Encouraging physical activity amongst children and adolescents is becoming an increasingly relevant issue in modern society. Studies have shown that involving children and adolescents in physical activity is essential for their physical, mental and social development. However, with technology playing an increasingly important role in reducing physical work it is becoming more critical to incorporate adequate physical activities into our lives. One way to overcome this problem is to harness technology so that it promotes physical activities, for example, by motivating children and adolescents to exercise more. This paper describes a promising solution to the question of how to increase levels of physical activity in children and adolescents by combining gaming technologies with exercise tracking goals. This research describes a framework called FITTER (Framework for Integrating activity Tracking Technologies for Electronic Recreation) that combines video game play with more traditional, non-computer physical activities.
This paper explains a novel approach to human interactive e-learning systems using head posture images. Students- face and hair information are used to identify a human presence and estimate the gaze direction. We then define the human-computer interaction level and test the definition using ten students and seventy different posture images. The experimental results show that head posture images provide adequate information for increasing human-computer interaction in e-learning systems.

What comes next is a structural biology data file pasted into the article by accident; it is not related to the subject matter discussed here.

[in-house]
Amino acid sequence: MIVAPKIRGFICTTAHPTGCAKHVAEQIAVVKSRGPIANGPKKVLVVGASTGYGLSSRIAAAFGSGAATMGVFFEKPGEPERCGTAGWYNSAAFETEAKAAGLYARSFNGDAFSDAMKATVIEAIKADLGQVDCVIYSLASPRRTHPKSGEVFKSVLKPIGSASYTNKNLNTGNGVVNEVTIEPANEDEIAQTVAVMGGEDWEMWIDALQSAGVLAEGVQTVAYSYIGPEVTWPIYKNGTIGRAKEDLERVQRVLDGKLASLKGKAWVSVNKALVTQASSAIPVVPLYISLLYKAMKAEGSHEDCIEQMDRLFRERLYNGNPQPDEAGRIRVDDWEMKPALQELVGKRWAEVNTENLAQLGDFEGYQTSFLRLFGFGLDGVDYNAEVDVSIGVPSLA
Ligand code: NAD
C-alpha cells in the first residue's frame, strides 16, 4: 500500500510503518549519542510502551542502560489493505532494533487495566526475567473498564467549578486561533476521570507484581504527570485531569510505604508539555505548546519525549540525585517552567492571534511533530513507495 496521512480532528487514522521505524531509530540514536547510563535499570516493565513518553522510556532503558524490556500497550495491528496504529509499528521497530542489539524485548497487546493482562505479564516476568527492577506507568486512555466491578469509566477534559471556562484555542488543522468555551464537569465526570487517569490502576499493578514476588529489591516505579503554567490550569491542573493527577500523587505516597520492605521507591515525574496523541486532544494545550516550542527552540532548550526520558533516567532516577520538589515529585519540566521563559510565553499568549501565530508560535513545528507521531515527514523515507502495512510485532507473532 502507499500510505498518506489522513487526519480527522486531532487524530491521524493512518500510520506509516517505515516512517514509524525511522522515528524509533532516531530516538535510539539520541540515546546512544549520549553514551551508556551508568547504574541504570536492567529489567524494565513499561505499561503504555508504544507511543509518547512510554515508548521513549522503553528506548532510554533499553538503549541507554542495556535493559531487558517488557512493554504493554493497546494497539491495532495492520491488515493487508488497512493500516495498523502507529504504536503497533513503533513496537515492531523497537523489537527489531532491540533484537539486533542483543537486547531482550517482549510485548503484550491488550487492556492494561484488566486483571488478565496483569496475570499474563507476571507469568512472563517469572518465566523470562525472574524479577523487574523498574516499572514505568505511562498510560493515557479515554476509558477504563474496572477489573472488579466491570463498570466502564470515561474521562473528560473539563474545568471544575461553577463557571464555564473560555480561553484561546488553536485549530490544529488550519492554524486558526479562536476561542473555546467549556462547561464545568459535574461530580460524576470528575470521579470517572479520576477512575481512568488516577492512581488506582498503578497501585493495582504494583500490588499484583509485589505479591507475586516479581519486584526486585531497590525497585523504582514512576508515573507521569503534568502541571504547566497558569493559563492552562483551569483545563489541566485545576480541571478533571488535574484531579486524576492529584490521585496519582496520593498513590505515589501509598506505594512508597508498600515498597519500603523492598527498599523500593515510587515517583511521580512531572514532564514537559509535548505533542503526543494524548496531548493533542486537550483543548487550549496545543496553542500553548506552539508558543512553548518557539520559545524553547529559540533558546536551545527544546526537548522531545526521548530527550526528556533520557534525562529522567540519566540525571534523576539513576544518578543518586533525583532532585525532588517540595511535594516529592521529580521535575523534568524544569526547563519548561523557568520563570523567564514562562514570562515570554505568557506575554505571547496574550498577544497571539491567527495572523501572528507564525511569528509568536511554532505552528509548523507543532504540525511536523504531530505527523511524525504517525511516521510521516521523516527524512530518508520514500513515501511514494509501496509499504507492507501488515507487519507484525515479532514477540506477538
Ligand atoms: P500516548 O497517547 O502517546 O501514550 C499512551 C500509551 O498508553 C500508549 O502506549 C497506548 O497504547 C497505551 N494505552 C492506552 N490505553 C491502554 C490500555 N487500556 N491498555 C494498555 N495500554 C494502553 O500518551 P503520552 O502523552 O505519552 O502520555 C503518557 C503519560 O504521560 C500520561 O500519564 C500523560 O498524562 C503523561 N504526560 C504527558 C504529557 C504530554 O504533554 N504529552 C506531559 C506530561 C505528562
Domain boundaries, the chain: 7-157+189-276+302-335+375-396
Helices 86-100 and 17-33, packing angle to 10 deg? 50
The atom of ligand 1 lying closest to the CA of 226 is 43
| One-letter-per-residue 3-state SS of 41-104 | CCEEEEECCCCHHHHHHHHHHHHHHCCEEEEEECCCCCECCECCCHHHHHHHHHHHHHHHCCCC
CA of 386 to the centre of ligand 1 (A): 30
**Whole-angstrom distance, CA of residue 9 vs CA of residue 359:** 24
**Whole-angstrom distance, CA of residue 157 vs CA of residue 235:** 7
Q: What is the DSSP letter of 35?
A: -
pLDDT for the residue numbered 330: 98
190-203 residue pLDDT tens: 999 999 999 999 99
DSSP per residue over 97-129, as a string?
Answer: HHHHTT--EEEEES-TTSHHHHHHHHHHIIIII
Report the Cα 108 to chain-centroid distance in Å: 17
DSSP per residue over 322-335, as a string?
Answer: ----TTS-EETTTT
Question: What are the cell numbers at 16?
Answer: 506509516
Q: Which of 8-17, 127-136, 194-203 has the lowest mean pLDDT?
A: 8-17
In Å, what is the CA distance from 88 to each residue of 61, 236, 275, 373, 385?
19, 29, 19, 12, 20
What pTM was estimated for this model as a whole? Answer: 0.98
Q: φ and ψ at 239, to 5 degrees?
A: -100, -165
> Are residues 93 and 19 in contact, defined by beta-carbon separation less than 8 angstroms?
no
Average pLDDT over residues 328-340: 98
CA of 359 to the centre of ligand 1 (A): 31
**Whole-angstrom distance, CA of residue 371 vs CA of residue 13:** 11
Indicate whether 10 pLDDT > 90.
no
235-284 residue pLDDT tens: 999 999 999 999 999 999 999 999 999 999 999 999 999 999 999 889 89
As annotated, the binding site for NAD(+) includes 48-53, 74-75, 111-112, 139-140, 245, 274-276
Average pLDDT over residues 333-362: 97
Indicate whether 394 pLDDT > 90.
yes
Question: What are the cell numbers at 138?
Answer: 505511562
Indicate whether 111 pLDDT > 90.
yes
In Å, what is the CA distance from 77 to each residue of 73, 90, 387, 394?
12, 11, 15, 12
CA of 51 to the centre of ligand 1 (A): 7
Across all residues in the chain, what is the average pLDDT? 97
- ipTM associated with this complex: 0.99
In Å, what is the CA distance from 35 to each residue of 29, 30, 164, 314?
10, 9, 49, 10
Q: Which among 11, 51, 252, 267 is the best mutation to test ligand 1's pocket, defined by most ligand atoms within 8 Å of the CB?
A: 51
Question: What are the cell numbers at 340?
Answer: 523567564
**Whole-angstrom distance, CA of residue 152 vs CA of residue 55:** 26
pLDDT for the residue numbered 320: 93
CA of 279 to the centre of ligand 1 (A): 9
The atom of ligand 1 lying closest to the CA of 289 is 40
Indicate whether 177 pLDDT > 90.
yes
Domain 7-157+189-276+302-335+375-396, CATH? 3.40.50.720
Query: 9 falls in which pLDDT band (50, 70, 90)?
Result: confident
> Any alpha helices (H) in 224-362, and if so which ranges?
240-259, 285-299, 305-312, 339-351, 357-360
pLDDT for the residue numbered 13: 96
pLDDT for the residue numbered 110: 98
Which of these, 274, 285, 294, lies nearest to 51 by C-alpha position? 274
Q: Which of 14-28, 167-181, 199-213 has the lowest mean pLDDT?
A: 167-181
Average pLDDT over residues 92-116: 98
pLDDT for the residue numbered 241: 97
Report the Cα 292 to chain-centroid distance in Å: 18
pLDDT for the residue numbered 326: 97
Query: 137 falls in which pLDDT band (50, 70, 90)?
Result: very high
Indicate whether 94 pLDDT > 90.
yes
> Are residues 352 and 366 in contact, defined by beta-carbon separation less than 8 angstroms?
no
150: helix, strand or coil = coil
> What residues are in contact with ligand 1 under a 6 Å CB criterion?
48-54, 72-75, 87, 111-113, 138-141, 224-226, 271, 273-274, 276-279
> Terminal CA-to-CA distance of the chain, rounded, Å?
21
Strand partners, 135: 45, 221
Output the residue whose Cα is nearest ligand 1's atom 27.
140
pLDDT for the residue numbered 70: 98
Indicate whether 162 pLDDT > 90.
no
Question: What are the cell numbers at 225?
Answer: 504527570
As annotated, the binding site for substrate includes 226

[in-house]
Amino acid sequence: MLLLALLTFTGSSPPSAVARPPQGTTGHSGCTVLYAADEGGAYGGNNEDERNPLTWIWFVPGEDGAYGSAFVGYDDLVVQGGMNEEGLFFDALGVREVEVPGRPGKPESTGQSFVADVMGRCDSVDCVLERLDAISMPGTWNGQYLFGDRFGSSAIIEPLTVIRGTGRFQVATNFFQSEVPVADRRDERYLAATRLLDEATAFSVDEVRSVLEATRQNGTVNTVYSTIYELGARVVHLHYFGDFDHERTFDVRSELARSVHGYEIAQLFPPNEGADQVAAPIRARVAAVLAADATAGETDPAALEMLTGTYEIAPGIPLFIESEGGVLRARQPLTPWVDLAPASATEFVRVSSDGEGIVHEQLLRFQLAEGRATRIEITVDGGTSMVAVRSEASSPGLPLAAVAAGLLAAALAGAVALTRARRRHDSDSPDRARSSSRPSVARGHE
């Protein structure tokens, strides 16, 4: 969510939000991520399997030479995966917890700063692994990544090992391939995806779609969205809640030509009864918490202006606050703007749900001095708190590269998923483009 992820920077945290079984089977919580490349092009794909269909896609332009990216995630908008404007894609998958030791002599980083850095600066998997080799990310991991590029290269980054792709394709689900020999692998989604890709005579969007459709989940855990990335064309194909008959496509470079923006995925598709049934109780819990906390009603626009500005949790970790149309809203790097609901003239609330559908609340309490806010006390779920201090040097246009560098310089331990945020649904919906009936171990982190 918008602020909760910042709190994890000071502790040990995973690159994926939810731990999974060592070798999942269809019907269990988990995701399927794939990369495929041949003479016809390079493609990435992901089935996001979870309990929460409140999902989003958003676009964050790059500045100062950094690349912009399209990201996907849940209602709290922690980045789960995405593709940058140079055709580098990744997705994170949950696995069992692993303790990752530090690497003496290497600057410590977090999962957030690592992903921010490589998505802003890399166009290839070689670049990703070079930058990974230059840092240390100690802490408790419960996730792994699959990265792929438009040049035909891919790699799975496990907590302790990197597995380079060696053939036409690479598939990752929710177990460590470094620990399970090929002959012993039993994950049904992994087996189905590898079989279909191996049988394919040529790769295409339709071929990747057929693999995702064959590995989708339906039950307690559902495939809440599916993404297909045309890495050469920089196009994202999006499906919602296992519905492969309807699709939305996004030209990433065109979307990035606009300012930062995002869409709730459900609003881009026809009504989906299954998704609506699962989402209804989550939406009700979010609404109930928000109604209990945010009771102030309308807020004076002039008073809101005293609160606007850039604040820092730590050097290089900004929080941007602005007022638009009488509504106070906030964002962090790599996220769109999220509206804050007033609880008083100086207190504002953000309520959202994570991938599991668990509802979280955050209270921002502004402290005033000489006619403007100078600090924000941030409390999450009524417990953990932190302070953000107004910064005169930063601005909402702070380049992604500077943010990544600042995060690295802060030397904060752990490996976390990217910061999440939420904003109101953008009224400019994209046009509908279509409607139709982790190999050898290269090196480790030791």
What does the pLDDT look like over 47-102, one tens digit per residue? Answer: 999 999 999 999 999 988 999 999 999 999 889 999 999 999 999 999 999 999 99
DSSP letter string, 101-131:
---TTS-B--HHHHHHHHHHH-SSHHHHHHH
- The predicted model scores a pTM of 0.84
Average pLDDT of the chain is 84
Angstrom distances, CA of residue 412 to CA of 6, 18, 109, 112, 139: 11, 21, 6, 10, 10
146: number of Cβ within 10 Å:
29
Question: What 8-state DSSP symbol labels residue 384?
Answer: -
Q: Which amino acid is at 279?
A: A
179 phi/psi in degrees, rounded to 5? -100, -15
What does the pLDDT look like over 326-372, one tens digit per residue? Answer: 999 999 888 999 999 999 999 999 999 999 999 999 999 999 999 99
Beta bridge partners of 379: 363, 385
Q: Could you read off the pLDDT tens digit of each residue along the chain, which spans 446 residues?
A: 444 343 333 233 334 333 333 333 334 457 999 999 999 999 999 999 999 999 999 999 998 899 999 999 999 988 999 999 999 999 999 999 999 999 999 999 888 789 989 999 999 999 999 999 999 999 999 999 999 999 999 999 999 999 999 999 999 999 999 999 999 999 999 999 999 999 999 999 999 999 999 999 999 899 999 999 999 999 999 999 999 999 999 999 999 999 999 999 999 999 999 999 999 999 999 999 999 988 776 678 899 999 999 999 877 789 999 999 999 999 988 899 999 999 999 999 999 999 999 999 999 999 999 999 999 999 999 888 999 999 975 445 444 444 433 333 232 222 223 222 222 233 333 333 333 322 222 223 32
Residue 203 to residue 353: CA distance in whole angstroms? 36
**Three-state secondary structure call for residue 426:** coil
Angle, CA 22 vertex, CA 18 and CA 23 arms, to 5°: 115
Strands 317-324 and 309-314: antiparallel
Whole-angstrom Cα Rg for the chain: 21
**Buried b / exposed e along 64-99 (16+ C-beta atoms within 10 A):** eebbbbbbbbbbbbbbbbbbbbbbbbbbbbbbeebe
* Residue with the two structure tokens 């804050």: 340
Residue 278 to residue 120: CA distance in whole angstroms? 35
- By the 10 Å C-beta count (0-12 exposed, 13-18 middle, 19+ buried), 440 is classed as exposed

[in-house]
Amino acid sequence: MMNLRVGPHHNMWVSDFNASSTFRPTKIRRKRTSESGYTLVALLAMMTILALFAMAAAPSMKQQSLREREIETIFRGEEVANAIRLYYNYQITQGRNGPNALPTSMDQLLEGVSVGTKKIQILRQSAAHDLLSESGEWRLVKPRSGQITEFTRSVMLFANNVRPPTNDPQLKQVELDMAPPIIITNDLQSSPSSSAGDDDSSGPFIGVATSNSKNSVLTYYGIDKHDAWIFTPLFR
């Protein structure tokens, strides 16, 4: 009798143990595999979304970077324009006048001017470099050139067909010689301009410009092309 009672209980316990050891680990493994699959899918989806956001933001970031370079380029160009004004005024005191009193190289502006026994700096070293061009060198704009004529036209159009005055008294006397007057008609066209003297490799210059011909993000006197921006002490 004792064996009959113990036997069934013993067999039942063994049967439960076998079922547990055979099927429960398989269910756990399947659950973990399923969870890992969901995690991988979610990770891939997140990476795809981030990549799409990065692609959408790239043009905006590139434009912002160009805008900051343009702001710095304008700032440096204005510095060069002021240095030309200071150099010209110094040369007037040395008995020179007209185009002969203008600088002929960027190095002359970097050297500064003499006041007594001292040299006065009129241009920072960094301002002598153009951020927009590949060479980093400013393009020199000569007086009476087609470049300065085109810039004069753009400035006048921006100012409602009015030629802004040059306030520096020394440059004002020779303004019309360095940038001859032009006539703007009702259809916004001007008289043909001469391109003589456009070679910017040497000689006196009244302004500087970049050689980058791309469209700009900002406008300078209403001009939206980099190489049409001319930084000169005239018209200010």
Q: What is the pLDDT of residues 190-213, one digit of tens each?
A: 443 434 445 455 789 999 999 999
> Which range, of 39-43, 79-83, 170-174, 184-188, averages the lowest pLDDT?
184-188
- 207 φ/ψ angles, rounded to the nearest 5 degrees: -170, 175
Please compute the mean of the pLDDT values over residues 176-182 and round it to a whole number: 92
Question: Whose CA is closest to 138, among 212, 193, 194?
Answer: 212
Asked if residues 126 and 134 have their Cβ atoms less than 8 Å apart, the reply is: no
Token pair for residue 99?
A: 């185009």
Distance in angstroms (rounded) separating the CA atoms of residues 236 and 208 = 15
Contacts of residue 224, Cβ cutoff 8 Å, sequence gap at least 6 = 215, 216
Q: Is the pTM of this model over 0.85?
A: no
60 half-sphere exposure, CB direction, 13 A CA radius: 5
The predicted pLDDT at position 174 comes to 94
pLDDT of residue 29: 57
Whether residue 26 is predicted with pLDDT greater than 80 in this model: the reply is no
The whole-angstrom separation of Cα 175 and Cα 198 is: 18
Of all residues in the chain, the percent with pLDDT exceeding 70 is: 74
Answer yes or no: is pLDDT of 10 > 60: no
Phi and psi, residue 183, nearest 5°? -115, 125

One of the main concerns in the Information Technology field is adoption with new technologies in organizations which may result in increasing the usage paste of these technologies.This study aims to look at the issue of culture-s role in accepting and using new technologies in organizations. The study examines the effect of culture on accepting and intention to use new technology in organizations. Studies show culture is one of the most important barriers in adoption new technologies. The model used for accepting and using new technology is Technology Acceptance Model (TAM), while for culture and dimensions a well-known theory by Hofsted was used. Results of the study show significant effect of culture on intention to use new technologies. All four dimensions of culture were tested to find the strength of relationship with behavioral intention to use new technologies. Findings indicate the important role of culture in the level of intention to use new technologies and different role of each dimension to improve adaptation process. The study suggests that transferring of new technologies efforts are most likely to be successful if the parties are culturally aligned.
With advances in computer vision, non-contact gaze tracking systems are heading towards being much easier to operate and more comfortable for use, the technique proposed in this paper is specially designed for achieving these goals. For the convenience in operation, the proposal aims at the system with simple configuration which is composed of a fixed wide angle camera and dual infrared illuminators. Then in order to enhance the usability of the system based on single camera, a self-adjusting method which is called Real-time gaze Tracking Algorithm with head movement Compensation (RTAC) is developed for estimating the gaze direction under natural head movement and simplifying the calibration procedure at the same time. According to the actual evaluations, the average accuracy of about 1° is achieved over a field of 20×15×15 cm3.